St Johns railway station

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Template:Use dmy dates Template:Use British English Template:Distinguish2 Template:Infobox London station St Johns railway station is in the London Borough of Lewisham, in south-east London.


The station was opened on 1 June 1873 by the South Eastern Railway. In 1923 it was taken over by the Southern Railway.

The line was electrified in February 1926.

In 1948 the station passed to British Railways.

In the mid 1970s the station was re-modelled when the fast line island platform was closed and demolished. This provided space to build a flydown from the Lewisham-Nunhead line to the up fast line.

The booking office at street level was destroyed by fire in the late 1970s.


File:St Johns train crash 1898.jpg
Damaged brake van and rear carriage in sidings at St Johns after the accident in 1898.

On 21 March 1898, two trains collided in thick fog, killing three people, when a signaller allowed a train to enter the station while another train was at the platform.

On 4 December 1957, two trains collided just south-east of the station on the main line bypassing Lewisham, bringing down the Lewisham-Nunhead railway bridge and killing 90 people. Further disaster was averted as a train about to cross the bridge was halted by its driver.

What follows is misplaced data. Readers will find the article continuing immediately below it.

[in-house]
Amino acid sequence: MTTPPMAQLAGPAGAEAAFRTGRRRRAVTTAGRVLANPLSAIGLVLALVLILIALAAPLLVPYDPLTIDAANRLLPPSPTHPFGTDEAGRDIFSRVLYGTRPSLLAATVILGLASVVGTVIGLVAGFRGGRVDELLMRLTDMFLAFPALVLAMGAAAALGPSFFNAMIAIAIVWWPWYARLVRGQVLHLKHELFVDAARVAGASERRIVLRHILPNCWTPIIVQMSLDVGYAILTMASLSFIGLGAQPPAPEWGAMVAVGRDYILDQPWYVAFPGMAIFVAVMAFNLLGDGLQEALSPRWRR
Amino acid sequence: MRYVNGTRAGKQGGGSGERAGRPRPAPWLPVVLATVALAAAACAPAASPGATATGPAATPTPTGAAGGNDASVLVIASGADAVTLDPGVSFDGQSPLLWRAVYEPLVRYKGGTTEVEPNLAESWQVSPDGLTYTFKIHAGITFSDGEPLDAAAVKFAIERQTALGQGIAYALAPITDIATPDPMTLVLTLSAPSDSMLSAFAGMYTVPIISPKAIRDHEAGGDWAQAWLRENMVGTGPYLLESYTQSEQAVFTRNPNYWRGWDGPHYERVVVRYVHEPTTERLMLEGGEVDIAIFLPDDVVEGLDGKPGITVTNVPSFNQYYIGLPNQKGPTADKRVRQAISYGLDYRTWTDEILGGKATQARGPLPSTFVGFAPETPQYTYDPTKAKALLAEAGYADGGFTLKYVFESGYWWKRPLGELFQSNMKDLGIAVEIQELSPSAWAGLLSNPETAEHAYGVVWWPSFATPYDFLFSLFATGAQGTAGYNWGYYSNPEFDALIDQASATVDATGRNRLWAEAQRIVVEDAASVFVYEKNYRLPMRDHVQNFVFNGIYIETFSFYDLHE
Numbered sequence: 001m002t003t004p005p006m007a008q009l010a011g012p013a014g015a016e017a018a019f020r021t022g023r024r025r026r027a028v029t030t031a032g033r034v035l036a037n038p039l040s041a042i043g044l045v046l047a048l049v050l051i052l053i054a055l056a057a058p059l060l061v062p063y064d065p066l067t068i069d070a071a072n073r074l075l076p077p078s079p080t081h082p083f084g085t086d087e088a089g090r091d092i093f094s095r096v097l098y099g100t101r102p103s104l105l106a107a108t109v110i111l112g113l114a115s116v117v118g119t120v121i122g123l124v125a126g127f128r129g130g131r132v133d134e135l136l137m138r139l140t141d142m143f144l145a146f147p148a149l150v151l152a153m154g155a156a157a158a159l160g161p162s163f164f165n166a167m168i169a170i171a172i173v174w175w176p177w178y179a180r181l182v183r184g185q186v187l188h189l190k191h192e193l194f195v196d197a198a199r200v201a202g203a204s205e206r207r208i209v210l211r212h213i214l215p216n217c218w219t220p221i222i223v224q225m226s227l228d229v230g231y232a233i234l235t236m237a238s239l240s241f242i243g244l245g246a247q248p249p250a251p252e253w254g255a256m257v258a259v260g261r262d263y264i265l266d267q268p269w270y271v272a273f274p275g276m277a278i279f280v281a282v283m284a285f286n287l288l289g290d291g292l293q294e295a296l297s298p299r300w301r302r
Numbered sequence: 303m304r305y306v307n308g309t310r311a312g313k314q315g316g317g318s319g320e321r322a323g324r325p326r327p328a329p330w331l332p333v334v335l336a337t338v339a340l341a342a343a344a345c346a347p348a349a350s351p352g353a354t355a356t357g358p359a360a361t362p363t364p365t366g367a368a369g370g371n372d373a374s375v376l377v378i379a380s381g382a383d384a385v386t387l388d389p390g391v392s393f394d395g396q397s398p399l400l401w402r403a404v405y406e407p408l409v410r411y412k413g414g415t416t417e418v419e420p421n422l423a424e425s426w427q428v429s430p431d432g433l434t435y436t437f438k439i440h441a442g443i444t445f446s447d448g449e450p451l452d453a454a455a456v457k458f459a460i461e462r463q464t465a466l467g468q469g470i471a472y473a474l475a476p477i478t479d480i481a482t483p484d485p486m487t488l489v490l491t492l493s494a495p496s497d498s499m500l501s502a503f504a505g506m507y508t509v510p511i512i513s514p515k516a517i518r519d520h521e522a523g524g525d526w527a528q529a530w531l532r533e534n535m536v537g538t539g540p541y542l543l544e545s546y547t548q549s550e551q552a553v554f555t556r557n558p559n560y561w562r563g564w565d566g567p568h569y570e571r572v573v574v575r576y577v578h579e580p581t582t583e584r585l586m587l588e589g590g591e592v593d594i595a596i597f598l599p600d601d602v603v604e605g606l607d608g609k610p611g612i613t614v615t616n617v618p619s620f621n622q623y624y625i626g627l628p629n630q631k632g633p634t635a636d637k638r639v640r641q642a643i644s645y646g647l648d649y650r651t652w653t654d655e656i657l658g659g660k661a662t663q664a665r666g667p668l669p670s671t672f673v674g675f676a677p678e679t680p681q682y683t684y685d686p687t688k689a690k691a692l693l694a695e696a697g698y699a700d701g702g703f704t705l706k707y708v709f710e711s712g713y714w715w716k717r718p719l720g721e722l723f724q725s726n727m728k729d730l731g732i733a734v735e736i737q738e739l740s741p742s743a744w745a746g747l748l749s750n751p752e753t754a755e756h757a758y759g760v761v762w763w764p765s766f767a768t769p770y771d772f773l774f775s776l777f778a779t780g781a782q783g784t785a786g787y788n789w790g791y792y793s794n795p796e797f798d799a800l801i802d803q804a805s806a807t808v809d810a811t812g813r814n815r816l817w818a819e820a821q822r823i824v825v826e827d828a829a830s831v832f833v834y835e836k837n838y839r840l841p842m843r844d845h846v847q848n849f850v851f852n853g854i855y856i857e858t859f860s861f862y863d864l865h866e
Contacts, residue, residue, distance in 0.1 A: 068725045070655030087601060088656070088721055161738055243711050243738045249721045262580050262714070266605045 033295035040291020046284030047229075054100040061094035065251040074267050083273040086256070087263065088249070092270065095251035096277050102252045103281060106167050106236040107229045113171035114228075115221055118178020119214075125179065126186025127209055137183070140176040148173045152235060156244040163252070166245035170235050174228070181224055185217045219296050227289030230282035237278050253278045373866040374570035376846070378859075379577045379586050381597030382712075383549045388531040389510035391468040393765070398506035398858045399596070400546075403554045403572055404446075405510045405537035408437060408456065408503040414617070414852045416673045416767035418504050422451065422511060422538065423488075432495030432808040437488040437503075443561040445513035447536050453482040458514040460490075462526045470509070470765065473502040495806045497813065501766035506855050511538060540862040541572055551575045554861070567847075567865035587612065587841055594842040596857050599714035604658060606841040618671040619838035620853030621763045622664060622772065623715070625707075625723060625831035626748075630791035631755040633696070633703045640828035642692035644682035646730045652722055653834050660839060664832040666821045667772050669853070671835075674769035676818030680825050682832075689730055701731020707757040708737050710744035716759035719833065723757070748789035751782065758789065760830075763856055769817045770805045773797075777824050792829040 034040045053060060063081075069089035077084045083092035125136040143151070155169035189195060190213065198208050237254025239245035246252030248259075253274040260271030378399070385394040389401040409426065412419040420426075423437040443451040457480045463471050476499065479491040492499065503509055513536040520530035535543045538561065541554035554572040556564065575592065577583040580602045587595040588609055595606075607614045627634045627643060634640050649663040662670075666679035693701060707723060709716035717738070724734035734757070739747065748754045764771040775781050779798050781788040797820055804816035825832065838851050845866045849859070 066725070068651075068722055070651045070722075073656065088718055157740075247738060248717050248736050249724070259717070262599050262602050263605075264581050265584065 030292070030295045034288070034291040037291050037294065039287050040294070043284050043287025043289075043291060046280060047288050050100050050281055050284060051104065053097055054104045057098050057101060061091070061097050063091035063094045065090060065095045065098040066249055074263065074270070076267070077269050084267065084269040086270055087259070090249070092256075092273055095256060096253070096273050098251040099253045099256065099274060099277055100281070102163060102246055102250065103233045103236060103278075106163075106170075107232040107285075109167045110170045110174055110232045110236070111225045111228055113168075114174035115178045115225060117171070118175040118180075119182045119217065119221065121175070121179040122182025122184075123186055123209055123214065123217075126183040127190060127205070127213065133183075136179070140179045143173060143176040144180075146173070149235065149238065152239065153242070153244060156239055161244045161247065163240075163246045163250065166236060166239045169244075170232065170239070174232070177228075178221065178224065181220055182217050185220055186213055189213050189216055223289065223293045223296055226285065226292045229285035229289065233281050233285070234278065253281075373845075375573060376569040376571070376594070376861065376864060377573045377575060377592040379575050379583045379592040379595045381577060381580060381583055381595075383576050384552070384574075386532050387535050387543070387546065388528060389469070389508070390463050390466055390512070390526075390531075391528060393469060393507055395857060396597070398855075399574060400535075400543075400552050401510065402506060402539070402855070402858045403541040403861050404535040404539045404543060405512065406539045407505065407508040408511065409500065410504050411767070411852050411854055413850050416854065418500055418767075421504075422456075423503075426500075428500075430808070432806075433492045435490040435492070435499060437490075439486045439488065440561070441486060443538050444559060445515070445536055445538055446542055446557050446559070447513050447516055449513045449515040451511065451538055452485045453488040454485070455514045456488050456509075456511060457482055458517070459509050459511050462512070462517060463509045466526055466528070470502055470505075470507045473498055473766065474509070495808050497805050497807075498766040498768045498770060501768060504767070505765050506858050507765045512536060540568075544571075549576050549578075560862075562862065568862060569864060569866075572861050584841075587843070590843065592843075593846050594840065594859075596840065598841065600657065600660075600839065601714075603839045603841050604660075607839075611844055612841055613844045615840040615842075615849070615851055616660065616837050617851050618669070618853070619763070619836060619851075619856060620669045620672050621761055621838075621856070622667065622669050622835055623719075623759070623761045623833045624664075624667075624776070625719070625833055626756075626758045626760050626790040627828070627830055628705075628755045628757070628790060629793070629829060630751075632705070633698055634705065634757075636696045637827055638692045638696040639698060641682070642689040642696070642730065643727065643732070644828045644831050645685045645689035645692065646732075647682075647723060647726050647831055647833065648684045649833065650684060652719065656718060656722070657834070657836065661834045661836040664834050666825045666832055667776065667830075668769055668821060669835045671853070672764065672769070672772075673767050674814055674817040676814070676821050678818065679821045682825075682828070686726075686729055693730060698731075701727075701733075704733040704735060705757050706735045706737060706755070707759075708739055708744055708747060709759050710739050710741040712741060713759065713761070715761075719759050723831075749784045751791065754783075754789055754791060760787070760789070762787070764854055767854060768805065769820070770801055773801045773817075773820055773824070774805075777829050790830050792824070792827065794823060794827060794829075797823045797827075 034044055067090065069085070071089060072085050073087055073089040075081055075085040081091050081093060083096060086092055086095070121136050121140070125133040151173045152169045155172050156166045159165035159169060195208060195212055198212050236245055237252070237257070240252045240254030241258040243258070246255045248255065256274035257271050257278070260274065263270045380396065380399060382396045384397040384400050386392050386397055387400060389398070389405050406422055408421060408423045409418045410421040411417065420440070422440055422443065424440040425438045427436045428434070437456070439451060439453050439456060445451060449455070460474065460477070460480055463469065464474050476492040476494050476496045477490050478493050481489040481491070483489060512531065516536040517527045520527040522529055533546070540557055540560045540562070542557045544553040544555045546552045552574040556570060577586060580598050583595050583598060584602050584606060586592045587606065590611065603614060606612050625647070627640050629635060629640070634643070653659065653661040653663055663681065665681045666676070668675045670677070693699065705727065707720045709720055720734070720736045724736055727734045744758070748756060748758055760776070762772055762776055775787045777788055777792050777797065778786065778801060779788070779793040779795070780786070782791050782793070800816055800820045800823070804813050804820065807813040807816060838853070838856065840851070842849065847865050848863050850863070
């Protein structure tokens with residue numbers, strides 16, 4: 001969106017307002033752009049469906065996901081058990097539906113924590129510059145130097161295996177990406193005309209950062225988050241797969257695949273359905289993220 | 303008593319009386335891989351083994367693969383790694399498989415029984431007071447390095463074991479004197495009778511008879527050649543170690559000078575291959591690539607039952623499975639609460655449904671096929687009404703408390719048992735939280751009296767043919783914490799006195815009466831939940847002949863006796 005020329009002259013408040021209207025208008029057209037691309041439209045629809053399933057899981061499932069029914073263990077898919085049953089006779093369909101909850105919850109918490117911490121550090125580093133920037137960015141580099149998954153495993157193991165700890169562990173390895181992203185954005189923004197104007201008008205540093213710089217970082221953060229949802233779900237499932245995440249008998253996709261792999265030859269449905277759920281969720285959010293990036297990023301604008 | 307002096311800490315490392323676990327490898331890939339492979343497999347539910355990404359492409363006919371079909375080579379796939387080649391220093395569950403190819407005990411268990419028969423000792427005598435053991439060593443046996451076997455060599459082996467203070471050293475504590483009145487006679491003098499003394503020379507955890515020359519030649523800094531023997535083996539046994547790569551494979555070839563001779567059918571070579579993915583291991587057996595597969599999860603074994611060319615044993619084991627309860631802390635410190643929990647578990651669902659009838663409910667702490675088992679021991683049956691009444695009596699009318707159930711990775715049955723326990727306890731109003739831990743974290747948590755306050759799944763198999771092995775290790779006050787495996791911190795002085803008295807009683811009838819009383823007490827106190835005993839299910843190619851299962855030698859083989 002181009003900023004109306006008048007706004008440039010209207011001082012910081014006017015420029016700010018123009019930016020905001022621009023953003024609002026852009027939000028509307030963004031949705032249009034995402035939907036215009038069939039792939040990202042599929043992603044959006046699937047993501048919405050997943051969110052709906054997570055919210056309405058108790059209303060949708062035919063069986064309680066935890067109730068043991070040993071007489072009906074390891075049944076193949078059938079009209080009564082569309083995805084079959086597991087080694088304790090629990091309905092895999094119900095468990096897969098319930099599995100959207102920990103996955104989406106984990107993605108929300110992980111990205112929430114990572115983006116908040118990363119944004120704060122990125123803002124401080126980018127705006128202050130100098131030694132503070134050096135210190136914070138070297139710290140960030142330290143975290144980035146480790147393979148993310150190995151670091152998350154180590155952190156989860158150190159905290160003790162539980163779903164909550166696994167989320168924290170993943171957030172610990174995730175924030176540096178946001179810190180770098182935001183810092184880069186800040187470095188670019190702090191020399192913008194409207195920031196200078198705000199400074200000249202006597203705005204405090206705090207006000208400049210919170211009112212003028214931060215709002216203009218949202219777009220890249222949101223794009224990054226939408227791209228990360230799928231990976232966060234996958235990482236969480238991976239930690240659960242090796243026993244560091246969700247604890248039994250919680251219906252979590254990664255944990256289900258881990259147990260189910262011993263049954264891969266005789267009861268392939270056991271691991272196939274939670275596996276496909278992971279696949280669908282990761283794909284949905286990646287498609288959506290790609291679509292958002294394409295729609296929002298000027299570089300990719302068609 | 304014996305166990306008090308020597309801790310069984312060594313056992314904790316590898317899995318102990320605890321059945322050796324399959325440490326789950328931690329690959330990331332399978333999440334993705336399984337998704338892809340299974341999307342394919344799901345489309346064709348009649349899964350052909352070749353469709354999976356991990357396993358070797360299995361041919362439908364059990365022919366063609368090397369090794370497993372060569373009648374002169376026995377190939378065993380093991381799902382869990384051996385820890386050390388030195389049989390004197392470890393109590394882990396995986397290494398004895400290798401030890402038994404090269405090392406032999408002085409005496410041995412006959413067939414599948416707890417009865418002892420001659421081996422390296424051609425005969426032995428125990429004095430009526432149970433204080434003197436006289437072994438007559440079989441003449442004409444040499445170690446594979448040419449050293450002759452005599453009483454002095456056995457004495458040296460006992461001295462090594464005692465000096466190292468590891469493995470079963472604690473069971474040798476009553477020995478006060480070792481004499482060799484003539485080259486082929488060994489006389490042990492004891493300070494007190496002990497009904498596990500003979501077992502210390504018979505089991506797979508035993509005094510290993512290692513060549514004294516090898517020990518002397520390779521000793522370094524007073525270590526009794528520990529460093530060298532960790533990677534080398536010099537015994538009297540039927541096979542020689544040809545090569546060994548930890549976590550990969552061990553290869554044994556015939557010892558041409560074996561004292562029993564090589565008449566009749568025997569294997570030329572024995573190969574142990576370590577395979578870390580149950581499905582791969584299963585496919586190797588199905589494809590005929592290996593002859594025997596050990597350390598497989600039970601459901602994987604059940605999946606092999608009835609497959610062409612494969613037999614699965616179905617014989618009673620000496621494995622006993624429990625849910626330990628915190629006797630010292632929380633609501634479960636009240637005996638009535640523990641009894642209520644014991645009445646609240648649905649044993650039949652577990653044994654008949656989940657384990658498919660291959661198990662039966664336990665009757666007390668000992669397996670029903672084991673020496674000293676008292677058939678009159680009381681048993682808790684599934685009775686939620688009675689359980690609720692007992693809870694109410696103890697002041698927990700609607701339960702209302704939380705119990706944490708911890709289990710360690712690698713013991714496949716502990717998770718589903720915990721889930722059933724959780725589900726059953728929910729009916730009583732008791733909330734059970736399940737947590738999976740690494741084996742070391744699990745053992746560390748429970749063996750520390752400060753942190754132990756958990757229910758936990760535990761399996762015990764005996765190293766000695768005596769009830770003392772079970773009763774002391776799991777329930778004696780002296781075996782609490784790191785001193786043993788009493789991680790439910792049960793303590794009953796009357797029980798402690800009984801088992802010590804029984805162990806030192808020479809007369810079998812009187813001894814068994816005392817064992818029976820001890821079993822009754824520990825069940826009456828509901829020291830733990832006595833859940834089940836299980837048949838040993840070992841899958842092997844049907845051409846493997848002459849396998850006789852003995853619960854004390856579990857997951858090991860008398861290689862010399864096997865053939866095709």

The station is reached by a footbridge from St Johns Vale - there is no direct road access. There is a single island platform with two platform faces, on the slow lines.

South of the station the Greenwich Park branch crossed over before closure in 1917, connected to Lewisham in 1929. The remains of the embankment can be seen on the eastern side of the line. There was a signal box at the south end of the station that closed and was demolished when the area was resignalled in the mid 1970s. The flydown was built at this time and commissioned on 3 April 1976.

In the early 1990s the original bridge carrying St Johns Vale was replaced. This allowed the platforms to be extended towards New Cross to allow longer trains to call.

It was proposed to double the flydown line under the Thameslink Programme. Work started in 2012 with cranes and civil engineering plant on site on 8 April; it was completed over Easter 2013.

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